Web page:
Epic Blog

OUTPOST Camp Season Summary, 2022


Remote Alaska Fly Fishing Trips

Trout fishing was good to OK in 2022.

If you like pictures more than words, check out the 2022 OUTPOST camp photos instead of reading the summary below.


Remote Alaska Fly Fishing Trips

The king run was decent but below average.

Overall 2022 was a below average season of fishing at our Bristol Bay fly fishing camp, which is, unfortunately, a reminder that fluctuations do exist in Alaska’s incredibly fisheries. To keep things in perspective, though, most “bad” days of fishing in Alaska are still pretty damn good days by most gauges. And despite the lighter overall fishing, we still found a few rays of light in the fishing cloud cover – lots of big grayling, some big trout, and solid dollies.

One notable item in our fishing report worth mentioning upfront: plentiful rain and high water levels.

Salmon fishing-wise, the chum salmon and king salmon runs were a bit late, numbers were down, fishing success for both species was OK to decent, and the average size of kings was down. Pink salmon showed up in OK but below average numbers.

In spite of the slight down salmon year, the arctic grayling, like in 2021, were really large on average. Numbers are consistently strong in our home creek, but size varies season to season. We were again shocked by the numbers of really big grayling caught this past season.

Similar to 2021, the rainbow trout numbers were down a bit but we did find some large trout here and there in the usual stretches of our home creek. However, if you were willing to hike your butt off, very good numbers of trout (and good size) were caught beyond our usual upper hiking limits.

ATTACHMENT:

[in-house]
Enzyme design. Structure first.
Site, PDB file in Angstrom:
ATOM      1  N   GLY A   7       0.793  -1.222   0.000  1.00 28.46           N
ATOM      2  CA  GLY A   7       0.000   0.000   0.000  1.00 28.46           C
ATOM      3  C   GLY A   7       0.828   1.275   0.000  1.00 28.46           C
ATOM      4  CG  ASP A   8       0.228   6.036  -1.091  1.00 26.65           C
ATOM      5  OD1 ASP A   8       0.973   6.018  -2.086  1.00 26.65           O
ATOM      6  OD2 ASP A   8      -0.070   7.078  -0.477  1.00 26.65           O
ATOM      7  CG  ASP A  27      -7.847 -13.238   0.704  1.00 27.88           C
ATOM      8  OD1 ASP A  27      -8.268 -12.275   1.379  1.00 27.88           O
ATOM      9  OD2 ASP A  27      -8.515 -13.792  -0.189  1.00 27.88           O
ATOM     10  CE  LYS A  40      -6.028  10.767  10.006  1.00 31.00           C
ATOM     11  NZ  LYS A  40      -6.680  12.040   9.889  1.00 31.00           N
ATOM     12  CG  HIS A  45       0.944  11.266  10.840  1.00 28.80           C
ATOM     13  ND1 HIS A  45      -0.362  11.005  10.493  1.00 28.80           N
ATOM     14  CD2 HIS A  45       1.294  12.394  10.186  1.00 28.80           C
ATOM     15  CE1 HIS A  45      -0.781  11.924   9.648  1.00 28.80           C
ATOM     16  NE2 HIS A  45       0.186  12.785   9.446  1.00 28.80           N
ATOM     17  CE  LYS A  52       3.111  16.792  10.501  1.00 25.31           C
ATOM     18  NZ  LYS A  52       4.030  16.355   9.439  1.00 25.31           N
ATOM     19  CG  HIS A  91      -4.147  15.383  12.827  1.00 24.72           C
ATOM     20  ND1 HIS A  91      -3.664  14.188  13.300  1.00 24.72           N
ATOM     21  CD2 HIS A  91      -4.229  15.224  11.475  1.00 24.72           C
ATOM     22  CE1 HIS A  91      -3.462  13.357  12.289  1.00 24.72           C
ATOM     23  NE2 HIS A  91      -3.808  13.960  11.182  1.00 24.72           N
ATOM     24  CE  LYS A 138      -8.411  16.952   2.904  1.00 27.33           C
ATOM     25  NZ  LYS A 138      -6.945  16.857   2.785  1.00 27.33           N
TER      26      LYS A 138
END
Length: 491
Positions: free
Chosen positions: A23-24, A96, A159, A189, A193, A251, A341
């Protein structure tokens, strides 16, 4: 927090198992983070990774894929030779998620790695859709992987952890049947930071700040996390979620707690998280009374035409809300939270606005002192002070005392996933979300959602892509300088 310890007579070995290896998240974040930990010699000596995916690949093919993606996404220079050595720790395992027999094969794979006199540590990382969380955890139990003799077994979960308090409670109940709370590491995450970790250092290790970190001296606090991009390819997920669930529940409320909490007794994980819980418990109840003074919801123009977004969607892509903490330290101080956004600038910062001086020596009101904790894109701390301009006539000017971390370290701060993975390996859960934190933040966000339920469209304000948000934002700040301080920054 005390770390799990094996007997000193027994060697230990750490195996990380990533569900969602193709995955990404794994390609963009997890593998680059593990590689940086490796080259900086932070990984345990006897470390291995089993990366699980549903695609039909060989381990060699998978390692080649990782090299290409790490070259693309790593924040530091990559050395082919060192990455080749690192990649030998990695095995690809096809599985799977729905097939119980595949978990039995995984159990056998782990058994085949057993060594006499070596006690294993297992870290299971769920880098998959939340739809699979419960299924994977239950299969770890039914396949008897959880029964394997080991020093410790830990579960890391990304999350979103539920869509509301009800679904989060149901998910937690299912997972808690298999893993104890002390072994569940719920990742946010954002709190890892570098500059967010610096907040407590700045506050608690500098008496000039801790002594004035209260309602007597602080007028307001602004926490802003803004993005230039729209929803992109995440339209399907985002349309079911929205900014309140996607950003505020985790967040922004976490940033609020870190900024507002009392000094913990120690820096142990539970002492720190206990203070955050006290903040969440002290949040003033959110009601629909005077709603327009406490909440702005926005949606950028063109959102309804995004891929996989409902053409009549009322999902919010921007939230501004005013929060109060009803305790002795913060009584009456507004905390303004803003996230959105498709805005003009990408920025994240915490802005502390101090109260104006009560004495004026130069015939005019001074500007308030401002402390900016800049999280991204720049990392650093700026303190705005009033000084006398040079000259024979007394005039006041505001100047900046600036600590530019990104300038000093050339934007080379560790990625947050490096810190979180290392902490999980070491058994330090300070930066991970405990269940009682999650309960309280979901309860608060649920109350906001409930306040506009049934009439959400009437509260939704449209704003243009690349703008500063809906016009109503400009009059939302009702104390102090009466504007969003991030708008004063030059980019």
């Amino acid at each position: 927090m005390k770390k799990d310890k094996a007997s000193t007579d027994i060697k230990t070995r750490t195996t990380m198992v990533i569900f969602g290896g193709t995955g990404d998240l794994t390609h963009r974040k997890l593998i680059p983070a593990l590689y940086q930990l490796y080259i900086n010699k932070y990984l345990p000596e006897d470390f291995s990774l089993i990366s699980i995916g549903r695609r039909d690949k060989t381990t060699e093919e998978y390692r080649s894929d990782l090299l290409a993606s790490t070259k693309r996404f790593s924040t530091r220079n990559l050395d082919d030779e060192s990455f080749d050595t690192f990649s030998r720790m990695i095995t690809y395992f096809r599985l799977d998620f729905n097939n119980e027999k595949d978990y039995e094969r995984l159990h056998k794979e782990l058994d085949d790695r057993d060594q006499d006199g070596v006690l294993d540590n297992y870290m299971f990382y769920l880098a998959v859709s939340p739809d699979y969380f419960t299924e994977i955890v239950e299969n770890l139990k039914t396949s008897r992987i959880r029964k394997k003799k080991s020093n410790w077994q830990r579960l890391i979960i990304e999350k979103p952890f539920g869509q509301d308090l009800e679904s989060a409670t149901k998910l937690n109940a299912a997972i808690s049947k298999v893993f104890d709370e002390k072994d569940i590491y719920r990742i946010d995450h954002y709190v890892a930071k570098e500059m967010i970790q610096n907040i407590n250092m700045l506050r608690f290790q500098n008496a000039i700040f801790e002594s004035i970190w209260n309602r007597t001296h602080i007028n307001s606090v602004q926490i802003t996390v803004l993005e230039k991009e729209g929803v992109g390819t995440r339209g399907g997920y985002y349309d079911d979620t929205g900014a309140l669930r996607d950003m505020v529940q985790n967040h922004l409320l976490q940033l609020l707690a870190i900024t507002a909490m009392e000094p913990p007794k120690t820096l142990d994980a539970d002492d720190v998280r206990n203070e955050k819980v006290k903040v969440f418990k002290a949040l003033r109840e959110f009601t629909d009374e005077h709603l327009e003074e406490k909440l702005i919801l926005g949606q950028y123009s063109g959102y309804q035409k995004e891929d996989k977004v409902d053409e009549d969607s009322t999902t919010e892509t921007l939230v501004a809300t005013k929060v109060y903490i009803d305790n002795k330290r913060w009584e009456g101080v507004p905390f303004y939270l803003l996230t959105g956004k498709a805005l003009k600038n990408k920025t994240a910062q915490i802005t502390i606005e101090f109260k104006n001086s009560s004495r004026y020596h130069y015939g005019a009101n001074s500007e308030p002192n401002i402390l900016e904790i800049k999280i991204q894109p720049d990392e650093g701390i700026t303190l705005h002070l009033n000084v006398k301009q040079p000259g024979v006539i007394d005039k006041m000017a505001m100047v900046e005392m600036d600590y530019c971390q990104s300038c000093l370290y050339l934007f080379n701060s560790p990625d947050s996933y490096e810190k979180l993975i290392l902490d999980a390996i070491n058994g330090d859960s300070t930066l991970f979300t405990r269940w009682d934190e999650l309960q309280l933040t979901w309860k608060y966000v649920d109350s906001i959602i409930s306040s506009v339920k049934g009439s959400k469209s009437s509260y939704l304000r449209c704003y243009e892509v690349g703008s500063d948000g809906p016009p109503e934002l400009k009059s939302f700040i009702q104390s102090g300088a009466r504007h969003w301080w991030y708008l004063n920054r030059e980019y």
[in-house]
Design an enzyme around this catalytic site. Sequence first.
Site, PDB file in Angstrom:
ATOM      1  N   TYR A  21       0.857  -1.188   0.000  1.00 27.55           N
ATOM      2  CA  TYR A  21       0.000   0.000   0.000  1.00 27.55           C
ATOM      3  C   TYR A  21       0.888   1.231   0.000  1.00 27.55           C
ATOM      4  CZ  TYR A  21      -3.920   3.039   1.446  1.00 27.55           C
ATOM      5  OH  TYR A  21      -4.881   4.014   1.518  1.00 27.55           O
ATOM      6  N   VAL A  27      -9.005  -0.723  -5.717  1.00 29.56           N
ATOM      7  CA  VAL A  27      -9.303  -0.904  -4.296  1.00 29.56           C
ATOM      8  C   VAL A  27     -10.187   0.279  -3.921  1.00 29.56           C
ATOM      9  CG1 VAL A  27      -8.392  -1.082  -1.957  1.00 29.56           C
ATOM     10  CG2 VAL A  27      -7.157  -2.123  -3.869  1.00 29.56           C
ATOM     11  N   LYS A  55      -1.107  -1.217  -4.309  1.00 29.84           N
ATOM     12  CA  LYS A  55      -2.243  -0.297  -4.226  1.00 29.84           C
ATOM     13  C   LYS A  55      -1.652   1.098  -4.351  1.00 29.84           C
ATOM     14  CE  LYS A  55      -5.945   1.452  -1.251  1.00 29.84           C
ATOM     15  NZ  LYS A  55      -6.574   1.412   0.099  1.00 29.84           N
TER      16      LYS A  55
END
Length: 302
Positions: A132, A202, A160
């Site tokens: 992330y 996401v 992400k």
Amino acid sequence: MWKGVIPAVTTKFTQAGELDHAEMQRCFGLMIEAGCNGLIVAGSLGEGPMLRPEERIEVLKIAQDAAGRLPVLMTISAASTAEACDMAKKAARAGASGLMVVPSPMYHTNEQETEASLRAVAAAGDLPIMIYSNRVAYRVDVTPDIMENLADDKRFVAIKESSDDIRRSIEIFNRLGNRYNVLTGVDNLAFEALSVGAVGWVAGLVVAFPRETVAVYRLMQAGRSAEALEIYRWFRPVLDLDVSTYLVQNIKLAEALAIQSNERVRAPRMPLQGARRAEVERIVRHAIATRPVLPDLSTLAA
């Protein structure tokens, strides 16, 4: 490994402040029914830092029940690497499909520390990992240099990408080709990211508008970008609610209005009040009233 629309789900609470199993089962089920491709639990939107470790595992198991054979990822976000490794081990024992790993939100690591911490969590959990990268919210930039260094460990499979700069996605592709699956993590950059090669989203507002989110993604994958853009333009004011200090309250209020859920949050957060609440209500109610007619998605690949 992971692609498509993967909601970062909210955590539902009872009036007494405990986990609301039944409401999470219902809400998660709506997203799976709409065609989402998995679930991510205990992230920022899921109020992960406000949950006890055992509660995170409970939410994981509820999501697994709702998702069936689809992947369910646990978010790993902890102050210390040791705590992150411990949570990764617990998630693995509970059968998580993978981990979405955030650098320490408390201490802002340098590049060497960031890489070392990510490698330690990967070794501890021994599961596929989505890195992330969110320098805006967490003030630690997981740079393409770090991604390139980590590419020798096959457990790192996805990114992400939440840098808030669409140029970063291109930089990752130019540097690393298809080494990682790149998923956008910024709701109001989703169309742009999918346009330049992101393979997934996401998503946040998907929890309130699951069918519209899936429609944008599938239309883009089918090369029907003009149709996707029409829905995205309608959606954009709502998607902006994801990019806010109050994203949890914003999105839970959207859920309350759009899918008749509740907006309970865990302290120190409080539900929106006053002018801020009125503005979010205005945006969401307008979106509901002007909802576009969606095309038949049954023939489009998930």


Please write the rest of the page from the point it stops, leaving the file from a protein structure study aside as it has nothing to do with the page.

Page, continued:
Remote Alaska Fly Fishing Trips

Guest and Obi-Don with a nice OUTPOST camp king.

The Dolly Varden fishing was solid overall – good numbers and good size; it seems they showed up a touch earlier than typical.


Bear activity and sightings were typical. As usual, bear activity/sightings picked up throughout July. Bear activity was near non-existent in late June. We saw one porcupine near camp – we tend to see one every few years. We didn’t see any moose, caribou or wolves but we did see tracks from all three.


May and June were some of the driest months on record for Bristol Bay and many parts of Alaska. A record number of wildfires burned across the state, even 5 or 6 miles from our OUTPOST camp. Thankfully rain started about the third week of June, squelching the fire near camp, so it was a non-issue for our operating season.

Remote Alaska Fly Fishing Trips

Even though trout numbers were down, we found some very nice fish.

Our home creek was the lowest and clearest we’ve ever seen in June! The clarity of the water was stunning. But, boy, we were definitely initially quite concerned about the low water… until the rain started. Then we, ironically, had the opposite problem – we saw more high dirty water in July then any other season ever. So, yeah, it was a very wet July!

I’m writing up this report later than normal and I can’t remember what the bugs were like. But my best recollection is the bugs were fairly light, especially in June while it was so dry. July was likely more typical Bristol Bay bugs – good some days, bad some days.

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